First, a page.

On paper, junior Nick Hinson’s daily routine might not look very different from a normal school year — except that it takes place in its entirety within 173 square feet: his solitary Schoenfeldt double. He leaves this (very familiar) space only to get grab-and-go food from the Commons, or to work out at the gym, his hands washed and mask handy. And then, back to his room for a full day of classes.
Bats these days get kind of a bad rap, but they don’t deserve their spooky reputation.
Cooking dinner one night, you hear a quiet meowing at your front door. You open the door to find an adorable cat perched on your doorstep seeking food, a home, human affection, or maybe all three. Naturally, you name the cat and begin to love it as your own, only to hear your next-door neighbors call it by a different name. That’s right—you have been sharing your pet with your entire neighborhood.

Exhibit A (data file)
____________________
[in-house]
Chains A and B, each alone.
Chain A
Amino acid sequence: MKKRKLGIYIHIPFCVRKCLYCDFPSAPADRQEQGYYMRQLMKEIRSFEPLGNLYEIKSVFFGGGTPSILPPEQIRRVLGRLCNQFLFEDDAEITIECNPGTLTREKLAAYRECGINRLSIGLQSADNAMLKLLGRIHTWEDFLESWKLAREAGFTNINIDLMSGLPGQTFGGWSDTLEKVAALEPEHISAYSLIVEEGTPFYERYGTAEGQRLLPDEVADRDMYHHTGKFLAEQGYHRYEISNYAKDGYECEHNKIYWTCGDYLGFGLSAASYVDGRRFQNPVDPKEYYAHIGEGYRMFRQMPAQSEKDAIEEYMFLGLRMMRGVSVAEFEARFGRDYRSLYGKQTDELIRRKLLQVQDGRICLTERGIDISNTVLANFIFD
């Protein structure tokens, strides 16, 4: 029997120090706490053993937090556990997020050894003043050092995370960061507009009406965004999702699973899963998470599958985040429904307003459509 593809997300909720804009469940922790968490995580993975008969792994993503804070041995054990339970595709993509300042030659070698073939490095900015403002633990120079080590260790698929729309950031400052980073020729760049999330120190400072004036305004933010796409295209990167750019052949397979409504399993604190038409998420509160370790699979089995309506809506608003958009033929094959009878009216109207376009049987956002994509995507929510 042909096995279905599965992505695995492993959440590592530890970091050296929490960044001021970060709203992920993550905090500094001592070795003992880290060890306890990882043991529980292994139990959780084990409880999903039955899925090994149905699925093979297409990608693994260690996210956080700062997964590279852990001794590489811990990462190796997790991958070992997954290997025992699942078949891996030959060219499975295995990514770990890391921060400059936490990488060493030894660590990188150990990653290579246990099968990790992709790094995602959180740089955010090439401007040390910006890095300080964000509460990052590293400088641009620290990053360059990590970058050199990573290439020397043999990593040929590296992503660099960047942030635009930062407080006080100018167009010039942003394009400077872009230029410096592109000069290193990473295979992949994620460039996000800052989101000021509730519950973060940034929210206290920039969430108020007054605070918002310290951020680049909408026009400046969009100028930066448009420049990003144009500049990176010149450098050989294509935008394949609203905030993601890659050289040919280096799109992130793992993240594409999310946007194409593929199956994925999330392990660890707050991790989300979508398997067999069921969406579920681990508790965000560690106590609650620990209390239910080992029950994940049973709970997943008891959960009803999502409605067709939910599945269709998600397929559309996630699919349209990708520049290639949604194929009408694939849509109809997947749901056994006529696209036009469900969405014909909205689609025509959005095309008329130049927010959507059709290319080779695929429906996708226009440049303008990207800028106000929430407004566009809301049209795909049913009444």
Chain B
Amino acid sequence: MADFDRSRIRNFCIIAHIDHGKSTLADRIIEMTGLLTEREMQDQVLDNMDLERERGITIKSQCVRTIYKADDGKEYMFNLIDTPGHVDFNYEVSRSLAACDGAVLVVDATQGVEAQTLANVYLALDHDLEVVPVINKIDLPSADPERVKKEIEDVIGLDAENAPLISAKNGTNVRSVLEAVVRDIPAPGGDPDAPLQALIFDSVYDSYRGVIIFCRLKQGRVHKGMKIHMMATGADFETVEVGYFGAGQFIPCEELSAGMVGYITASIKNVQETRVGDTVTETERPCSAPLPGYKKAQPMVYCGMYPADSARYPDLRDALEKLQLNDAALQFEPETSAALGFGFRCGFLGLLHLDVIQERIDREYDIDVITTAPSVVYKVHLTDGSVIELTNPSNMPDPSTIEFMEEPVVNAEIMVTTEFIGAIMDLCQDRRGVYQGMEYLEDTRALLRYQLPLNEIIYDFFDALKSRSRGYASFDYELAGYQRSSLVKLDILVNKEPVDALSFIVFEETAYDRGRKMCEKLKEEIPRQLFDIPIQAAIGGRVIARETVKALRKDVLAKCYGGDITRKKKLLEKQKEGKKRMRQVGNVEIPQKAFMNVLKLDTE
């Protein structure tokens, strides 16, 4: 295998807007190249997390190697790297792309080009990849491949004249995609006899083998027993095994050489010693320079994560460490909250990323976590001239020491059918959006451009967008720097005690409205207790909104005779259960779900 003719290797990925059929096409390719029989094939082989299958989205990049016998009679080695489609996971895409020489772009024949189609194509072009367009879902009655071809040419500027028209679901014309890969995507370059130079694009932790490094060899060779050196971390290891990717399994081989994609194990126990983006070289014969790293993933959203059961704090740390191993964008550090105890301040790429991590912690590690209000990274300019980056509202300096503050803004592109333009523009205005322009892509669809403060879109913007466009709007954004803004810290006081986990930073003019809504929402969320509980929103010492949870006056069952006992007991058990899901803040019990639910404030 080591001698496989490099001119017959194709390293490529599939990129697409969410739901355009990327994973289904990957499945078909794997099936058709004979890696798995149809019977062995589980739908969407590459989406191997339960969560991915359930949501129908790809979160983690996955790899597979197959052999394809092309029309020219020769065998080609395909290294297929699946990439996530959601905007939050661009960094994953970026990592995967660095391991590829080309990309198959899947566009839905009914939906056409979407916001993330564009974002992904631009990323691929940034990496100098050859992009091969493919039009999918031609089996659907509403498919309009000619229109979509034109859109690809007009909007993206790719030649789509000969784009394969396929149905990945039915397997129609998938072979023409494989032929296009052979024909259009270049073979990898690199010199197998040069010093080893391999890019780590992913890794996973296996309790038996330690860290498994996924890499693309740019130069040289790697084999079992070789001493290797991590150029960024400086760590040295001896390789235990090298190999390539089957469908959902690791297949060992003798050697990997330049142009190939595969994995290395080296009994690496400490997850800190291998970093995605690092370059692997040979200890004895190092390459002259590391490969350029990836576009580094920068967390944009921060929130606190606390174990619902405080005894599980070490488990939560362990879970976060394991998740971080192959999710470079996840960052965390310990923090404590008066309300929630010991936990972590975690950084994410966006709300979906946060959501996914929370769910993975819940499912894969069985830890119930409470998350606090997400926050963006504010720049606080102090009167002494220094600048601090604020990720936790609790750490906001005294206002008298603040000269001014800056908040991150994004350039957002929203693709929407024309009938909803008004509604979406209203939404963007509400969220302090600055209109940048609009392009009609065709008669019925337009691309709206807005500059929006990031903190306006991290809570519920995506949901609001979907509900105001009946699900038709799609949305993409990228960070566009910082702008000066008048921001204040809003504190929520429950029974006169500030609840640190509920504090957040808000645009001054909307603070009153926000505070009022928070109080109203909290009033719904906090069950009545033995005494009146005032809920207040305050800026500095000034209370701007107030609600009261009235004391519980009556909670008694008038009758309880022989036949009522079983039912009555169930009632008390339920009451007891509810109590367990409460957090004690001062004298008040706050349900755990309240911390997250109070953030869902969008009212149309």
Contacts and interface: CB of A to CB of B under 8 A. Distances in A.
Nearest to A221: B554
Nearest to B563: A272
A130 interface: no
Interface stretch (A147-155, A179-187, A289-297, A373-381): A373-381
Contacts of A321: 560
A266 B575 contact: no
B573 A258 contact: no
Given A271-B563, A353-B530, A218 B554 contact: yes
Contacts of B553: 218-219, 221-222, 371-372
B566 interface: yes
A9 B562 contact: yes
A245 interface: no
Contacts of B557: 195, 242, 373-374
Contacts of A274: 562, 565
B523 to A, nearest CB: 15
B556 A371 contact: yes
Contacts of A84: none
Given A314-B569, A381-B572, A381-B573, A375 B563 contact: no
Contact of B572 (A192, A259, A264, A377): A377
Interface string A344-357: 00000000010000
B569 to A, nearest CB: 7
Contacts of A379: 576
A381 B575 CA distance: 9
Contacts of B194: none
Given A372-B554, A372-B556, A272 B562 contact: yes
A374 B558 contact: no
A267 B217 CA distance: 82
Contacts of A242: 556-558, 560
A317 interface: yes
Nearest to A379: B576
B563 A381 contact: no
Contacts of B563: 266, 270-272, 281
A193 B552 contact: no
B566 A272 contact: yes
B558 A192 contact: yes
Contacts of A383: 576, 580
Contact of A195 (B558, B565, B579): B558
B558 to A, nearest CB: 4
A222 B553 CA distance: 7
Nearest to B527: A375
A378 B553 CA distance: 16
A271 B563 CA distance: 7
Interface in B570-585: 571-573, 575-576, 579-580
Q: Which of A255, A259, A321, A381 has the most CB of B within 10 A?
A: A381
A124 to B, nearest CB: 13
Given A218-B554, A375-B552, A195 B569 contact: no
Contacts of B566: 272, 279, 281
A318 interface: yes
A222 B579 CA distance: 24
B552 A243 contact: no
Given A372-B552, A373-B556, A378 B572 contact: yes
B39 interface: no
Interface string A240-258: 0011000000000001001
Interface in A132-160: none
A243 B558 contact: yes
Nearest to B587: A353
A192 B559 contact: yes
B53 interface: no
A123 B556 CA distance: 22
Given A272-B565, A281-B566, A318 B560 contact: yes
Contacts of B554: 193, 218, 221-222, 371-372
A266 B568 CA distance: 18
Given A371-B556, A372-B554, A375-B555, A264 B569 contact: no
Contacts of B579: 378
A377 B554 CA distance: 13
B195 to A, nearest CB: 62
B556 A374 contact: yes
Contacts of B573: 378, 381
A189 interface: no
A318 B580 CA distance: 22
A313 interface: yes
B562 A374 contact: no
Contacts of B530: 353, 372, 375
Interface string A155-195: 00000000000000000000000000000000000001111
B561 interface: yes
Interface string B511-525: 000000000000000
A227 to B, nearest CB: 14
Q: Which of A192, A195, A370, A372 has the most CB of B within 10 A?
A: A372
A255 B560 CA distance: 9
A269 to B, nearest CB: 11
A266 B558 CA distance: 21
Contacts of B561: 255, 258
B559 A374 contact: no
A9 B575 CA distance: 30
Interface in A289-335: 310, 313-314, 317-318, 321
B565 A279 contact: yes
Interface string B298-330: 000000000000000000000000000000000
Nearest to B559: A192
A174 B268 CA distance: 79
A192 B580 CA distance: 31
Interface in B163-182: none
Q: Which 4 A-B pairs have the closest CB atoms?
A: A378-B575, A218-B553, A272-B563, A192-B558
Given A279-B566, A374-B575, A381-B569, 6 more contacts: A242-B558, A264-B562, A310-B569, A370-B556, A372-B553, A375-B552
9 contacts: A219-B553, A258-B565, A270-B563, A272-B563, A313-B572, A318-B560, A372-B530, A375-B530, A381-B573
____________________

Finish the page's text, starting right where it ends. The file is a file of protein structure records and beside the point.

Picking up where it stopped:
On the edge of campus past Haggerty and Tyson Halls, a small orchard and garden overlook the stunning scenery of the Willamette River. Currently overflowing with tomatoes and squash, the Student Led Unity Garden (SLUG) is open to all community members.
There’s a good chance that your closet floor is littered with clothing that you just don’t wear. Maybe it’s not your color, maybe you hate the fit, or maybe it was a tacky but well-intentioned gift from a relative that you felt too guilty to return. Instead of letting these clothes go to waste, junior Maddie Olson was struck with an idea that would make a difference. When classes went fully online in the spring, in the absence of both classes and rowing for the University of Portland team, Olson used her sudden free time to start Worn Relief, a second-hand clothing shop that donates 100% of its profits to charity.